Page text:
1:37 PM: In addition to Metro schedule changes starting Saturday, another big change announced, starting tomorrow, for buses and the Water Taxi. Here’s the announcement:
Effective with the start of service Saturday, March 21, riders will not be required to pay fare when riding King County Metro services, including buses, water taxi and Access paratransit, until further notice.
Riders also will be directed to board and exit at the rear doors of buses, reserving front-door access for customers using mobility devices or who require use of the boarding ramp.
“As this crisis evolves, we are constantly reviewing all of our practices and policies to provide the best service while keeping people safe,” said Executive Constantine. “Changing how riders board and exit our bus fleet and also suspending all fares is part of that effort. It is essential to keep this community on the move, and I thank all the operators, mechanics, support staff, and riders who are helping us get through this, together.”
These moves acknowledge the direction of public health to take steps necessary to limit the spread of COVID-19 and we continue to call on riders to do all they can by avoiding traveling when sick, covering coughs and sneezes.
Metro is relaying these planned changes to our partners at Sound Transit and the City of Seattle as they consider changes to ST Express bus service, Link light rail and Streetcar.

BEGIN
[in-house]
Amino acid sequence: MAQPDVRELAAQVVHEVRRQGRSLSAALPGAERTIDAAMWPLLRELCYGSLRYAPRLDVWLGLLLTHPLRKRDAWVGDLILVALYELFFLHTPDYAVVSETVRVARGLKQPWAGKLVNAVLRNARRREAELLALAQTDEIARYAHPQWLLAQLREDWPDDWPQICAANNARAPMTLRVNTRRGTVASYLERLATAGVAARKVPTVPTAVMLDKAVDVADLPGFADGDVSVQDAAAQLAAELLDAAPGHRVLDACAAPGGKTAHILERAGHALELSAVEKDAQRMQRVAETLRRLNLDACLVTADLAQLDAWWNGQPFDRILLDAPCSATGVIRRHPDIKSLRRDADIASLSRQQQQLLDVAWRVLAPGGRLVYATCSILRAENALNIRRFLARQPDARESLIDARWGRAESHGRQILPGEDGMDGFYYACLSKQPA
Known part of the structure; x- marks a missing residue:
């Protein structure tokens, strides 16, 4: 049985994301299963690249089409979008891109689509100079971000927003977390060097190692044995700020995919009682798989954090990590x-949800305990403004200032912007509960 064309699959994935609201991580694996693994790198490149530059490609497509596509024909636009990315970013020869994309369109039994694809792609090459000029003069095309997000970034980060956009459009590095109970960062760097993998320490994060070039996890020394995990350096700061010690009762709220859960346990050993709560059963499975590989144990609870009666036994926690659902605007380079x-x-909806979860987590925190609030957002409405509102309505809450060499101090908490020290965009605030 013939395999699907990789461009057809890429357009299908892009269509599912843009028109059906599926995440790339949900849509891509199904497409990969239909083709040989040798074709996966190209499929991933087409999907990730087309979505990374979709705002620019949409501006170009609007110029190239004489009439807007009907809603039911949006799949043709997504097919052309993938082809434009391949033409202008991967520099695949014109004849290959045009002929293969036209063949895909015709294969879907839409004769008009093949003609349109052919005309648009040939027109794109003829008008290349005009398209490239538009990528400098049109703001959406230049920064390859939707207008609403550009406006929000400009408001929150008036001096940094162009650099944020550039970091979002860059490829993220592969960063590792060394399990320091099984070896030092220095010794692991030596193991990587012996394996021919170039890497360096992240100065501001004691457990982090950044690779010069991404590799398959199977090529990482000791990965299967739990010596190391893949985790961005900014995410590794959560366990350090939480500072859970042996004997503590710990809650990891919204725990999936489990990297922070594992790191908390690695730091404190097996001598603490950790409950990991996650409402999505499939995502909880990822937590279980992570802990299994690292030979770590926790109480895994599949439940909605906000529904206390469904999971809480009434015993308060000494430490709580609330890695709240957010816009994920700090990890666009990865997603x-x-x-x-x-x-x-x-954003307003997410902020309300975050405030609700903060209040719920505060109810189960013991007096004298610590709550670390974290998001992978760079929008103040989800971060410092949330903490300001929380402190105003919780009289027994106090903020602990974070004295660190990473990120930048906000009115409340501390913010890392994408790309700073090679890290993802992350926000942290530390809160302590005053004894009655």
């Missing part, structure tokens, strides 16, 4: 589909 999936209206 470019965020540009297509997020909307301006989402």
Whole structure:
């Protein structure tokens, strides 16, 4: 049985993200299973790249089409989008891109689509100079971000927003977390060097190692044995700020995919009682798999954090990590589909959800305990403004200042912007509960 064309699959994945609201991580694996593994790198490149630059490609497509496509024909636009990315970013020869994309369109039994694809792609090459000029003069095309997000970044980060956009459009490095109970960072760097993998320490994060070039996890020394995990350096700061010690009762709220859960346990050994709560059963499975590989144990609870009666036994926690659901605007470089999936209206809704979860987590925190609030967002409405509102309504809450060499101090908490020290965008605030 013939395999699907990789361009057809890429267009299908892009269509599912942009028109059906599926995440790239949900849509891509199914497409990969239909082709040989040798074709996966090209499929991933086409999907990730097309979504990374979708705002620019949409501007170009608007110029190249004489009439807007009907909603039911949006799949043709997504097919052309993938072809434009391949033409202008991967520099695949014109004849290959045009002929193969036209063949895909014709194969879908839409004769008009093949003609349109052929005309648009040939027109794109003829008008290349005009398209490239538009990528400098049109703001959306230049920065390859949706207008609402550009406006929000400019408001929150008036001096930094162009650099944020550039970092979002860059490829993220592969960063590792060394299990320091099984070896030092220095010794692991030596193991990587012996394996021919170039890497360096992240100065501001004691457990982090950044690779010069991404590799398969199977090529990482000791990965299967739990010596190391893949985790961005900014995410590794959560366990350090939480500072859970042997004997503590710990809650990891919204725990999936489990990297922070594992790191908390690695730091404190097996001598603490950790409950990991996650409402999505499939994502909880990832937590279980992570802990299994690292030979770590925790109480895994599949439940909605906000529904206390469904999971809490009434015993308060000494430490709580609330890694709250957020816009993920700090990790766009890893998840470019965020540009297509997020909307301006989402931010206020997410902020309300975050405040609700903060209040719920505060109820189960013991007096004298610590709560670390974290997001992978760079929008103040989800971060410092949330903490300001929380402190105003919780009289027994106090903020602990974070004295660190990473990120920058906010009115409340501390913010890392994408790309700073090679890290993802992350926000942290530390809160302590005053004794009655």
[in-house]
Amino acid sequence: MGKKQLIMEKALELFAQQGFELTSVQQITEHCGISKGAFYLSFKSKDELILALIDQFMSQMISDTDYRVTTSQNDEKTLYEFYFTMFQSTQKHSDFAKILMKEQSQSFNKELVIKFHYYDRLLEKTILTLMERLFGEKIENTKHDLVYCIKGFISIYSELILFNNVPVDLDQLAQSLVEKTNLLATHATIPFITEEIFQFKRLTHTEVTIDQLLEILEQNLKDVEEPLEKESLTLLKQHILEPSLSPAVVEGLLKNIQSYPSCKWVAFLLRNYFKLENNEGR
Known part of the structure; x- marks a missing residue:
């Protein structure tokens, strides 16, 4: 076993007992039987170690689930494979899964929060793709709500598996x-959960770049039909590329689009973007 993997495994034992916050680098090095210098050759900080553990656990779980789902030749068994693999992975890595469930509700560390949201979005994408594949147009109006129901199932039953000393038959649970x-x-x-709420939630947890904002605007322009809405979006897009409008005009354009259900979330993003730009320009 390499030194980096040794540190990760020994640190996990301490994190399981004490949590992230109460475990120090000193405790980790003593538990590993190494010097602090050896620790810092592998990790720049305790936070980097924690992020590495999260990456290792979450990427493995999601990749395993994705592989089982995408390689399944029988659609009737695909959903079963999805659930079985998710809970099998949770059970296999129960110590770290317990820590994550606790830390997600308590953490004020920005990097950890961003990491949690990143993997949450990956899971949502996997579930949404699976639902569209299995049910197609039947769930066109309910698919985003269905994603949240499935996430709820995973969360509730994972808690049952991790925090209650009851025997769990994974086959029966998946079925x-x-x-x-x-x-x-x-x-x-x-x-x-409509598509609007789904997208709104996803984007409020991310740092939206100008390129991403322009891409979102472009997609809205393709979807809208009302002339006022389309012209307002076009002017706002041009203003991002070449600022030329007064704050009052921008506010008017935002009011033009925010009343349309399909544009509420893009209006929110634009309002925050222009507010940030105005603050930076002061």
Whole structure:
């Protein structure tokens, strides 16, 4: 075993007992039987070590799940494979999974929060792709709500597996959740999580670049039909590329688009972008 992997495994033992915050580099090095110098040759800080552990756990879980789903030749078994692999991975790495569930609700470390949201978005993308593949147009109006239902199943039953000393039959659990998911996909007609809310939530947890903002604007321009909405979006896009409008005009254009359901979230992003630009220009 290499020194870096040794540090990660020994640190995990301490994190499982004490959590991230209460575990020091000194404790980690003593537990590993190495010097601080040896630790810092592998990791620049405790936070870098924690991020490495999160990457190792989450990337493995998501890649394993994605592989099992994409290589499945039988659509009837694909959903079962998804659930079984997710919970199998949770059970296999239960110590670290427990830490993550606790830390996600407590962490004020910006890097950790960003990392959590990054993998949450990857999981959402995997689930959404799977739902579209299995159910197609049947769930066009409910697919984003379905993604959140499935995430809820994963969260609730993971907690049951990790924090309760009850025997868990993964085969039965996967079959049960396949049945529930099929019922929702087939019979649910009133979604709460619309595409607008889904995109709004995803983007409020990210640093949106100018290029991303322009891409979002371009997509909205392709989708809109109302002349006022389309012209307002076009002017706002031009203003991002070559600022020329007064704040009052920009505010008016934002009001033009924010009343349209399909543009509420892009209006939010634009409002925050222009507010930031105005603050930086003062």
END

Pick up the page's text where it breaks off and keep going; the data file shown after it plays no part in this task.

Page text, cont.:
Metro is communicating this upcoming change with transit operators today and working to develop and install signage directing customers to board and exit at the rear doors unless and that fare payment is not required starting March 21.
We’re on the media call about the schedule change right now – any updates on that (the actual schedules are due out tomorrow), we’ll add.
2:38 PM: Some notes from the call- we asked why the 125 was deemed disposable – Metro managers said that it’s certainly not disposable but it’s a route that connects to no others and some of it is replicated by the 120 – so they are going to watch the 120 closely. They don’t expect to be making day to day changes but will assess weekly to see about re-evaluation. They are not planning any layoffs, though this will reduce revenue (farebox and sales tax total are down about $6 million a week). They say the schedule cuts will reduce the need for drivers and coaches by about 25 percent – that means they will be OK even if more are out sick. So far, no COVID-19 cases at Metro, they said.
ADDED 6:22 PM: Sound Transit is going fare-free too.